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Dining Out 1 minute 23 August 2016

What is... Jelak?

Brush up on your food terminology with us, from commonplace colloquialisms to obscure obsessions, as we demystify culinary lingo in our Kitchen Language column.

Kitchen Language Malay and Indonesian

In this edition: Jelak, too much of a good thing


What is Jelak?
Jelak is a Malay word meaning bored, but via jelak makan, or “sick of eating”, it’s come to be used in description of overwhelmingly rich foods, especially greasy deep-fried foods or those containing coconut milk. Less commonly, it also describes foods that are extremely sweet, salty, greasy or starch.

How to avoid it
The feeling of jelak is important for letting you know when to put down the fork, so the foremost way of avoiding it would be to refrain from consuming large amounts of extreme foods.

If you really must indulge, a little acidity can help to cut through the richness. Many coconutty foods like laksa and nasi lemak benefit from the addition of sour ingredients like tamarind or lime. If not, reset your palate throughout the meal with sips of lime juice or tea.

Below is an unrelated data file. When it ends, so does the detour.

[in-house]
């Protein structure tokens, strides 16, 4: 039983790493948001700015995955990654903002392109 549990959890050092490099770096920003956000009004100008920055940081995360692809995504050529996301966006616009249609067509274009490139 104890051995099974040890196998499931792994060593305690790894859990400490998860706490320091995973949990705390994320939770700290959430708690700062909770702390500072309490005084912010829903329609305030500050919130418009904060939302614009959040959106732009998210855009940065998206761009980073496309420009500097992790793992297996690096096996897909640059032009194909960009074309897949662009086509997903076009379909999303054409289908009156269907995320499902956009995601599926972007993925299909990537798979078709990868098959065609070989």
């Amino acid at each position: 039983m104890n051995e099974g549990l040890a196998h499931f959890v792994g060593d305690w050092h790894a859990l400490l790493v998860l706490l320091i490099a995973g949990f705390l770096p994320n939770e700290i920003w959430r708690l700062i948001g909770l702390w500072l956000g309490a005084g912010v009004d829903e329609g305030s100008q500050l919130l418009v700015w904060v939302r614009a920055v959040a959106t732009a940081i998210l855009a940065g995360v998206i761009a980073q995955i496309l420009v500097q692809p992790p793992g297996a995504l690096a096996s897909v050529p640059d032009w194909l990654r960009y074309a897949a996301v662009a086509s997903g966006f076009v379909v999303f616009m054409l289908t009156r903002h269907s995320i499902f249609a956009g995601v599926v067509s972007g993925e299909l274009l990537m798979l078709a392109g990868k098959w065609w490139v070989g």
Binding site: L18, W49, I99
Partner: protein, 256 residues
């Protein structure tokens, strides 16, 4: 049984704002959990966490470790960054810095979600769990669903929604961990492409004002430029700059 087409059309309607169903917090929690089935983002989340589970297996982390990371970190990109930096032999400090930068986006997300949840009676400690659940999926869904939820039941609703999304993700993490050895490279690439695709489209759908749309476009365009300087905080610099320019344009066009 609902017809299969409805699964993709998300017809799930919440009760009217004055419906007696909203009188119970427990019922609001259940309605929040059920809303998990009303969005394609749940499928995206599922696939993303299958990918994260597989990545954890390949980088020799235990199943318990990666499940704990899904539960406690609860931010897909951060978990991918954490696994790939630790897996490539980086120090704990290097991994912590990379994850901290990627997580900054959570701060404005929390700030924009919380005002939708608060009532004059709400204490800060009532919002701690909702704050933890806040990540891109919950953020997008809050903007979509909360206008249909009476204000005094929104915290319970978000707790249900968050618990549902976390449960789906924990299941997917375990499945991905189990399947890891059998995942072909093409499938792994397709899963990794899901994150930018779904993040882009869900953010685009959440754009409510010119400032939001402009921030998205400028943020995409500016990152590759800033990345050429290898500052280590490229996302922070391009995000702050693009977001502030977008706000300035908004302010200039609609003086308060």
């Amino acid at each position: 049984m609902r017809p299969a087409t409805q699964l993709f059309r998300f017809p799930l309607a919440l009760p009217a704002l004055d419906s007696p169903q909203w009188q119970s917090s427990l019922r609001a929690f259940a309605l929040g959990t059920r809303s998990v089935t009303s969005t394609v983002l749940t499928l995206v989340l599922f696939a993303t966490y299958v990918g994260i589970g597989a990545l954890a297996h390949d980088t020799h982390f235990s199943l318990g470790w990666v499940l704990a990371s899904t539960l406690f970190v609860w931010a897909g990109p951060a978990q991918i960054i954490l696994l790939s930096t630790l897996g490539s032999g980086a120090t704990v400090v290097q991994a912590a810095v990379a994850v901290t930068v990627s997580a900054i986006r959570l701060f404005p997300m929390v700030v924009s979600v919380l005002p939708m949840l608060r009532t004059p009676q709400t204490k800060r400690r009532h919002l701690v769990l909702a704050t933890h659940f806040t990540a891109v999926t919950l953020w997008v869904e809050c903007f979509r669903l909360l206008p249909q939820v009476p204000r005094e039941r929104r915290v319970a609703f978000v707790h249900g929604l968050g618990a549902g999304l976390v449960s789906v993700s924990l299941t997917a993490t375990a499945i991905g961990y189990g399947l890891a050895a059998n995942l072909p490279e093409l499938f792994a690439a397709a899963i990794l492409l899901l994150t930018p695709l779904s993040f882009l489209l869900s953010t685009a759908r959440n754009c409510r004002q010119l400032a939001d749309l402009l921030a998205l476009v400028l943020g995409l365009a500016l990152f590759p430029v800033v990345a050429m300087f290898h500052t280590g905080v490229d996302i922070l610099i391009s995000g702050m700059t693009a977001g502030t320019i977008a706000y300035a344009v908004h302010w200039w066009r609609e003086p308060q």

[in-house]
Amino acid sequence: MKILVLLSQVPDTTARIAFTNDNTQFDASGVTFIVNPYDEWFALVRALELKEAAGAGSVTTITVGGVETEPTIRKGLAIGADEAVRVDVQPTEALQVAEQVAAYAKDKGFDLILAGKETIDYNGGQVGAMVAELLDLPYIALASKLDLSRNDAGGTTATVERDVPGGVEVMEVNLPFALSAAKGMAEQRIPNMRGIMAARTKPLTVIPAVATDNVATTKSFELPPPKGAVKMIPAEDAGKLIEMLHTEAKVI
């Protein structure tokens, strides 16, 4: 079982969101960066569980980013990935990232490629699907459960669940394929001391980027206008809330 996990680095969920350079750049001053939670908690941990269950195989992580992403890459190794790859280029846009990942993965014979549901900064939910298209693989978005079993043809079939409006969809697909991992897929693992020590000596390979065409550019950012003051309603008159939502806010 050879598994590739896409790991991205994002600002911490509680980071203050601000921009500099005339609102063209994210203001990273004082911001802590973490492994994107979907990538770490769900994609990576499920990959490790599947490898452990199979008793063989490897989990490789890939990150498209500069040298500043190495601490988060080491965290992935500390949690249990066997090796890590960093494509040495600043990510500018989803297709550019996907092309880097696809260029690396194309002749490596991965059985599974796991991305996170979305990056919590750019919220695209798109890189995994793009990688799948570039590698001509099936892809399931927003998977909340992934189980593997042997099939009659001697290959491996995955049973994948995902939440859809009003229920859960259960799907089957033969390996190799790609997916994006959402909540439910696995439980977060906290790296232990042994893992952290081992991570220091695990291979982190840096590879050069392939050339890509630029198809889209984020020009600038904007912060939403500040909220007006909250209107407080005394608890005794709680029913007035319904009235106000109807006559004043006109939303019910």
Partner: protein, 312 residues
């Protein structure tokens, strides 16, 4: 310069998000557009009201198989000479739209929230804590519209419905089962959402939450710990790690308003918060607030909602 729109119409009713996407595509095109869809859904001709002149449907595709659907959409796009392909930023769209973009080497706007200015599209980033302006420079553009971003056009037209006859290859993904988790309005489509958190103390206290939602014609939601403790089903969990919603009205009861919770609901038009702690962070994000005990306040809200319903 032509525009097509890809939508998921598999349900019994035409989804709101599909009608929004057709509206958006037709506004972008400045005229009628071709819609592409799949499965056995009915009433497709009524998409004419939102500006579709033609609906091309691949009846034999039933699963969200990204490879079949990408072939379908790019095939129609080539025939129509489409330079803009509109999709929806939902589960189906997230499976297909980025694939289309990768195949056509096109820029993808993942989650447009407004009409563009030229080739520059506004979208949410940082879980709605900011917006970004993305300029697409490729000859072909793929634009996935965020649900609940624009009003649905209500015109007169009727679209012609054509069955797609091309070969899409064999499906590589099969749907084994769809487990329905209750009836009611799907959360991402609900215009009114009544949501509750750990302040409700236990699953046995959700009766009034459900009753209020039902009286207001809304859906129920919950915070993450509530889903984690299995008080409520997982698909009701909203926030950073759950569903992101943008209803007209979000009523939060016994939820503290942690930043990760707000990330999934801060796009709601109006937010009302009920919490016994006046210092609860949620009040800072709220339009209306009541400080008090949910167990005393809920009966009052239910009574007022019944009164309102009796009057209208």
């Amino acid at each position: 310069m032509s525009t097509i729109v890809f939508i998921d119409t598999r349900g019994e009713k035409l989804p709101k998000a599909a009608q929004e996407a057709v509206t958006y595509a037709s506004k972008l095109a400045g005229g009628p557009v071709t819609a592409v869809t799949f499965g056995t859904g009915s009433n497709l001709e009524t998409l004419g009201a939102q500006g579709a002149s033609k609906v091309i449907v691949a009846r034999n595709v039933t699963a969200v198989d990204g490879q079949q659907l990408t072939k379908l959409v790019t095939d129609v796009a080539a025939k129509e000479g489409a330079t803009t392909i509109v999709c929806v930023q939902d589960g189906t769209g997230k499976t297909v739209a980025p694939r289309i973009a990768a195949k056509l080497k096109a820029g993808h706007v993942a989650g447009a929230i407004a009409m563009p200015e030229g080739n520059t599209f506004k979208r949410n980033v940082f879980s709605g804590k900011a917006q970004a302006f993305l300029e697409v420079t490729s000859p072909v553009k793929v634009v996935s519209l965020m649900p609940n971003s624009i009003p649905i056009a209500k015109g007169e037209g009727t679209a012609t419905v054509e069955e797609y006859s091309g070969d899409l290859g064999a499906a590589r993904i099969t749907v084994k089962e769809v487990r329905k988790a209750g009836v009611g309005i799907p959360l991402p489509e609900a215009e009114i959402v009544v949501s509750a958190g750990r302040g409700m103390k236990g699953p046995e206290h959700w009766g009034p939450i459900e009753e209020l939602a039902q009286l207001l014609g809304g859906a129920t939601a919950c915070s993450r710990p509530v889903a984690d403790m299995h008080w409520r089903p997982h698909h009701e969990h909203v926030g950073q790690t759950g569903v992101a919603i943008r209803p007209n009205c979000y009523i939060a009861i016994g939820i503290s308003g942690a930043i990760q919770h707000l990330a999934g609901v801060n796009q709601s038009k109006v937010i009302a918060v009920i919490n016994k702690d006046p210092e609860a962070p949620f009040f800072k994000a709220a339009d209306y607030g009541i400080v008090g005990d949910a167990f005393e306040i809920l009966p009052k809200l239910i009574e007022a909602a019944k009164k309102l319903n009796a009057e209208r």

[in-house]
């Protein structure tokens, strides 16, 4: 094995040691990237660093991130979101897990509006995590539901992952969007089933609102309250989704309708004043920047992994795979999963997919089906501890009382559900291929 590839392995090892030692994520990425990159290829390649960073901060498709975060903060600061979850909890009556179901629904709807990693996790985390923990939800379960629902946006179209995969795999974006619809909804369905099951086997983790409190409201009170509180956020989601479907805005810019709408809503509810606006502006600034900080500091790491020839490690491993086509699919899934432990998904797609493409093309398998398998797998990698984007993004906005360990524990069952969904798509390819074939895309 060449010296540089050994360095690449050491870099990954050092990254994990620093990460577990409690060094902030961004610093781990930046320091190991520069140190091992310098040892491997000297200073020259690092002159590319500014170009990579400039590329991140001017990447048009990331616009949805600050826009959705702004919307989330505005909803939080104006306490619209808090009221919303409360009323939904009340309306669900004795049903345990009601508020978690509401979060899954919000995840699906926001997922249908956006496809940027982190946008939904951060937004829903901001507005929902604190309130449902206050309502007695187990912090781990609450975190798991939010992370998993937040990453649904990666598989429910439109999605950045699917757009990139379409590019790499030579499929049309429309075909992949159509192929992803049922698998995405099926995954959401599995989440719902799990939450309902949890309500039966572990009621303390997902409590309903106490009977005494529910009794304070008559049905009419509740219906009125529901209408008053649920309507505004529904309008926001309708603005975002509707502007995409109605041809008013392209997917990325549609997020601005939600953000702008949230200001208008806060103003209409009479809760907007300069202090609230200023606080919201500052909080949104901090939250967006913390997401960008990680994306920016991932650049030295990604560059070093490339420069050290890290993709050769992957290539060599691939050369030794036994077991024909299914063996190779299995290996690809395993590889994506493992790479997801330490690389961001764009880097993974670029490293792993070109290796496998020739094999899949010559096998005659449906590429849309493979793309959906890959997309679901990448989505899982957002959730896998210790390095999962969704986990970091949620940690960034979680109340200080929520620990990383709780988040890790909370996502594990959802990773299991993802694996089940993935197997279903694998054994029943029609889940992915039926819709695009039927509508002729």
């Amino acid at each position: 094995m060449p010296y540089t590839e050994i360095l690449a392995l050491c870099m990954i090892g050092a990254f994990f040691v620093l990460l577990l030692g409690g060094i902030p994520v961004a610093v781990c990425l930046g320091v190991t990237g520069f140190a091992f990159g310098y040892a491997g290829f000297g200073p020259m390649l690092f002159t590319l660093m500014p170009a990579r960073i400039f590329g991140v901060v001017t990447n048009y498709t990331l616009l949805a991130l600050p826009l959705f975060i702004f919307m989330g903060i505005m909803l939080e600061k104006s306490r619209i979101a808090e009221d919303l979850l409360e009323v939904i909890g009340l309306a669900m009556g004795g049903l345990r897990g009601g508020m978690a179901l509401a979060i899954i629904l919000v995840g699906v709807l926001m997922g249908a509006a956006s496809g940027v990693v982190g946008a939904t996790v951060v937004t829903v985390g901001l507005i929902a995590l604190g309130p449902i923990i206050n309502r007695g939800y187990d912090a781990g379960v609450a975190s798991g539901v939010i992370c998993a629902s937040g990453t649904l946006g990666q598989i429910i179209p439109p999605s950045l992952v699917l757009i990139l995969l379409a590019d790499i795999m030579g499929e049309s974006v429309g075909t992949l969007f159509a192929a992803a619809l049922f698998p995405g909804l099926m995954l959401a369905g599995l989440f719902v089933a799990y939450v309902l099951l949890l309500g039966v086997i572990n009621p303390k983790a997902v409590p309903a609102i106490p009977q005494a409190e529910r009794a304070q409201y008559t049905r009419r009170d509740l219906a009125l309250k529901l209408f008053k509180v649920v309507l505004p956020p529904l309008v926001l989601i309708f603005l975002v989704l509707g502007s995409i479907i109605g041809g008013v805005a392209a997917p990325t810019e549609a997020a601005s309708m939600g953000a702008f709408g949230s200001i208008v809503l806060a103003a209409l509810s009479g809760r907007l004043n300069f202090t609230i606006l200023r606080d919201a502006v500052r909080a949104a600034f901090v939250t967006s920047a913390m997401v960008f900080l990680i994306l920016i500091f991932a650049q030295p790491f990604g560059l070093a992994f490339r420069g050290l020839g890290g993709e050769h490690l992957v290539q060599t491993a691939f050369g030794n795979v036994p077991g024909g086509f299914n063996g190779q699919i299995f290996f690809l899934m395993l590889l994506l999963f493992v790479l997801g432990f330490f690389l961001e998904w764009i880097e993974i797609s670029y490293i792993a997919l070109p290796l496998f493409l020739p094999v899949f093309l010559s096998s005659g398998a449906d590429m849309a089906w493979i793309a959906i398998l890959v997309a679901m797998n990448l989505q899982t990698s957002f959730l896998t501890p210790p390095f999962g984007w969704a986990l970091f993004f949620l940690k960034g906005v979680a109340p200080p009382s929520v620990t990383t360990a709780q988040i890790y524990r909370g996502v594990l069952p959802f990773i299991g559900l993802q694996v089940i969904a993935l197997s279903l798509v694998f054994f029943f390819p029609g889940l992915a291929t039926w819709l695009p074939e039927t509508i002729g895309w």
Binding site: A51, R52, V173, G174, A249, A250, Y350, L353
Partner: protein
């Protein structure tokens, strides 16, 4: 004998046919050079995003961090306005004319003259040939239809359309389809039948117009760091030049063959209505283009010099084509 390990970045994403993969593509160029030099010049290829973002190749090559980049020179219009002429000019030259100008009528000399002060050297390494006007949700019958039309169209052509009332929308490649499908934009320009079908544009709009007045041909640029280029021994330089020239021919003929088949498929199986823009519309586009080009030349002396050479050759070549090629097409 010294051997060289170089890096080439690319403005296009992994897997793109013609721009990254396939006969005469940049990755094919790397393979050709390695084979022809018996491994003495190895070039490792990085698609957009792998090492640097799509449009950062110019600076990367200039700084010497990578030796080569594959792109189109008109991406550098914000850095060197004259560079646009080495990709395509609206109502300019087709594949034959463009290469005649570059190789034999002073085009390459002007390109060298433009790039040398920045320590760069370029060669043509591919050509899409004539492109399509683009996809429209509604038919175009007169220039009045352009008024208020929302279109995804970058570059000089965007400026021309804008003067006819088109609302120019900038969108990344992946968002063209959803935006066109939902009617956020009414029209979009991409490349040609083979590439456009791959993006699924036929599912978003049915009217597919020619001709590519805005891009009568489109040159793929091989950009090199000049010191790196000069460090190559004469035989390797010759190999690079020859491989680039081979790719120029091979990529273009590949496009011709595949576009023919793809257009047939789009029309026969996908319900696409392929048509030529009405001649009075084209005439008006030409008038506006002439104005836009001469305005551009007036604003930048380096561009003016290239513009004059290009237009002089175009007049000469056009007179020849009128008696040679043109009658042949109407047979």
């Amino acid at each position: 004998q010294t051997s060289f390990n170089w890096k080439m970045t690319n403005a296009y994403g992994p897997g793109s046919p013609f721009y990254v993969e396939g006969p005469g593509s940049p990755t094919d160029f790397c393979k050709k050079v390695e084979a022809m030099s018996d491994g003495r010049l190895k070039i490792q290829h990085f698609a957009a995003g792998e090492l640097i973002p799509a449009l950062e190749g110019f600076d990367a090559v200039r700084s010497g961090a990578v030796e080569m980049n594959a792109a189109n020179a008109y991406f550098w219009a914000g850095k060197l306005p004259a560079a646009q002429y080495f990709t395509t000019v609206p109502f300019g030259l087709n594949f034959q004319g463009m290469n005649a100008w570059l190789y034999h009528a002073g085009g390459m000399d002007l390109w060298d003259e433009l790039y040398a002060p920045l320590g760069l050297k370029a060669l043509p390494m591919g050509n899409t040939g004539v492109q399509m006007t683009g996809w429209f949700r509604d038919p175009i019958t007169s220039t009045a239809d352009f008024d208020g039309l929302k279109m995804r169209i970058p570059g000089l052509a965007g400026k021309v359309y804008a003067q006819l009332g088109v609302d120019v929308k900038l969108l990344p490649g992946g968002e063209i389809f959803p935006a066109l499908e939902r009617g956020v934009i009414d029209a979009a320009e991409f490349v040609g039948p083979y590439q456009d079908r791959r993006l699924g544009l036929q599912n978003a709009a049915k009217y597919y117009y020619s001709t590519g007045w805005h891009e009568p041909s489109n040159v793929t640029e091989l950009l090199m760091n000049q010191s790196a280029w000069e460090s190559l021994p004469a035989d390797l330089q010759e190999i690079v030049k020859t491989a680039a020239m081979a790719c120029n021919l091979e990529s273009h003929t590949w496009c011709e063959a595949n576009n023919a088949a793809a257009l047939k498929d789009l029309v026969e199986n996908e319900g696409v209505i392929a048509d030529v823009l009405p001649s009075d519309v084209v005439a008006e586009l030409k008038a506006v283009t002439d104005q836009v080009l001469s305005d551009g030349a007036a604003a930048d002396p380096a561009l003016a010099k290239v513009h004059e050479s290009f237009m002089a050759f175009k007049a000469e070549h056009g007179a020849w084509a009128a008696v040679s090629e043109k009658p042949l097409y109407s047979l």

A little acidity from a squeeze of lime can help to cut through the richness
A little acidity from a squeeze of lime can help to cut through the richness

The science of jelak
The feeling of jelak arises not from physical fullness but from sensory overstimulation, which leads to “habituation”. The leading theory is that our senses get used to a certain level of stimuli and respond less and less to the taste, texture and flavour of foods. When this happens, the pleasurable flavours and mouthfeel ceases to mask the richness or greasiness of the dish.

This happens especially quickly with meals that are rich or somewhat monotonous, or both, like mac and cheese. People who are more sensitive to the taste of fat reach this point sooner, while those who aren’t tend to consume more fatty foods, more saturated fat and more calories overall.

Usage
“That's quite enough murtabak, thank you. Jelak already."

Further reading: Click here to read more from our Kitchen Language series.

Dining Out

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